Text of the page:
By Andrew Cohen
A growing number of Berkeley Law students are passionate about equity and inclusion—and driven to achieve meaningful results. A new student-driven project, the school’s Academic Empowerment Program, is doing just that.
Led by Noor-ul-ain Hasan ’20 and launched in August, the AEP provides peer-to-peer academic skills support and community-building sessions that help students of color and other underrepresented groups transition to law-school life. A new report shows its impact has been significant.
“I gained valuable insights on good study habits, networking skills, and finding my place in the law,” says Ayyan Zubair ’21, whose family emigrated from Pakistan. “It made me feel part of a larger community of students of color, and helped foster friendships that I’m sure will last a lifetime. The skills I learned … transcend the classroom and have played an integral role in my growth as a law student. I’m immensely thankful to Noor and the other organizers for creating this space for us.”
Hasan worked with Tar Rakhra ’20 and Coalition for Diversity Co-directors Michael David Harris ’20 and Fernando Cervantes ’20 set up tutoring sessions that supplement Berkeley Law’s Academic Skills Program. The sessions bolster skills such as case comprehension, briefing, class participation, synthesizing and outlining notes, exam writing, and time management.
The AEP mentors are Harris, Rakhra, fellow 2Ls Ryan Sun, Victoria Petty, Andrew Campa, Ludia Kwon, Florence Liu, Wesley Tiu, Bonifacio Sison, Larissa Davis, and Sylvia Ashley, and 3Ls Mengfei Sun, Candice Youngblood, and Monica Ramsy. They met individually with 1Ls to give exam-writing feedback, volunteered at the skills labs, and provided one-on-one mentorship.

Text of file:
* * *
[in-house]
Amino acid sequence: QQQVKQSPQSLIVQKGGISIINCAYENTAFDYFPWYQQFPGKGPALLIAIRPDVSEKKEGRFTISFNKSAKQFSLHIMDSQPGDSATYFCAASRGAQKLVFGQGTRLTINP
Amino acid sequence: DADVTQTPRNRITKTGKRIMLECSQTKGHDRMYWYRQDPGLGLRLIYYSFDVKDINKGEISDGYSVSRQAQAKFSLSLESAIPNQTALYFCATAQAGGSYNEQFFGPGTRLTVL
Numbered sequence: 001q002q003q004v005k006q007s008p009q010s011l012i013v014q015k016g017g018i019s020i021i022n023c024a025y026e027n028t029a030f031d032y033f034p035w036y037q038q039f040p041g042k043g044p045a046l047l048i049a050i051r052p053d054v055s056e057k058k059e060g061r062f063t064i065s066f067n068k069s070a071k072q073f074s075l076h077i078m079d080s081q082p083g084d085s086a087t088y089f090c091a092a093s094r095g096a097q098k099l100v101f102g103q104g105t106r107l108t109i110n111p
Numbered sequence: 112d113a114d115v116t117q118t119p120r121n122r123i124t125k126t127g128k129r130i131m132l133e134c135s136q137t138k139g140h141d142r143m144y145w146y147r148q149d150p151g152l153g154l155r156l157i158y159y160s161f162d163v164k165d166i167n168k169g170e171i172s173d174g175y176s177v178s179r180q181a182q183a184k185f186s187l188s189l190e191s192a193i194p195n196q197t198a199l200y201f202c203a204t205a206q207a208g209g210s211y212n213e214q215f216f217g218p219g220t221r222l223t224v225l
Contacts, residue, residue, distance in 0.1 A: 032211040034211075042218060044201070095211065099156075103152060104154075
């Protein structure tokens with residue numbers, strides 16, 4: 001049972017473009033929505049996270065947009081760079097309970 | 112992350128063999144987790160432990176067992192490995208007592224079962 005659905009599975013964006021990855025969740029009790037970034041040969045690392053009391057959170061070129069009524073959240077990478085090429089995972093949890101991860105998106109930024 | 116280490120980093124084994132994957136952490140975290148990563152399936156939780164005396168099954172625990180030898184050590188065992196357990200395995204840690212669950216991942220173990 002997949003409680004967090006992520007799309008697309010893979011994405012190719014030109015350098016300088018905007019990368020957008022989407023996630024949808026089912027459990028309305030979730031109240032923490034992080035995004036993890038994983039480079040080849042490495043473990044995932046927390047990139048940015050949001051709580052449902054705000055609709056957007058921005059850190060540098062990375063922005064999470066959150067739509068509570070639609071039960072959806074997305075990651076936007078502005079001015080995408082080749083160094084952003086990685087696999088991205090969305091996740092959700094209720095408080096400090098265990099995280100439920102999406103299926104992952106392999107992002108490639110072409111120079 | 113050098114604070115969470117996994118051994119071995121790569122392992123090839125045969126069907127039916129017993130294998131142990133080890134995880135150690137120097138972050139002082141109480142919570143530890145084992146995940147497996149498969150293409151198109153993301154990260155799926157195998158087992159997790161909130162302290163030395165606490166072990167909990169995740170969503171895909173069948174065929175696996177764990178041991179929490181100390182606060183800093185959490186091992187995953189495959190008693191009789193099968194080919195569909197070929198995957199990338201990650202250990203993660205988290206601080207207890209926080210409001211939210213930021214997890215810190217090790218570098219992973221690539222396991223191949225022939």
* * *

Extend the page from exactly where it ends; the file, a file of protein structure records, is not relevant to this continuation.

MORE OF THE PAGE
In addition to Hasan, Harris, Cervantes, and Campa, CFD board members who helped propel the program include 2Ls Leyla Karimzadeh, Lana El-Farra, Henna Kaushal, Mastoureh Jafarzadeh Sarhangabadi, Janani Ramachandran, and Luna Martinez.
A survey of AEP participants showed that the program provided a sense of camaraderie, boosted academic confidence, increased a sense of inclusion, and provided beneficial exam preparation.
In 2016, a study by The Atlantic revealed that only 5 percent of students at elite law schools come from families in the bottom 50 percent of the socioeconomic spectrum. The study also noted that wealthy applicants have an LSAT advantage because they can afford prep courses, private tutors, and time off from work to study for the test.
Hasan had three main goals in mind for the AEP to help level the playing field: Inspire collective academic confidence, dismantle impostor syndrome, and sustain a robust academic mentorship program across communities of color.
“The response has been overwhelmingly positive from students,” she says. “The two key areas for improvement are more meaningful opportunities to interact with faculty and more robust mentorship opportunities with 2Ls and 3Ls of color. With additional funding, we can address both.”
To combat impostor syndrome, the AEP hosts events that contextualize the 1L curriculum, encourage transparent dialogue among participants about navigating law school pedagogy, and promote classroom culture change.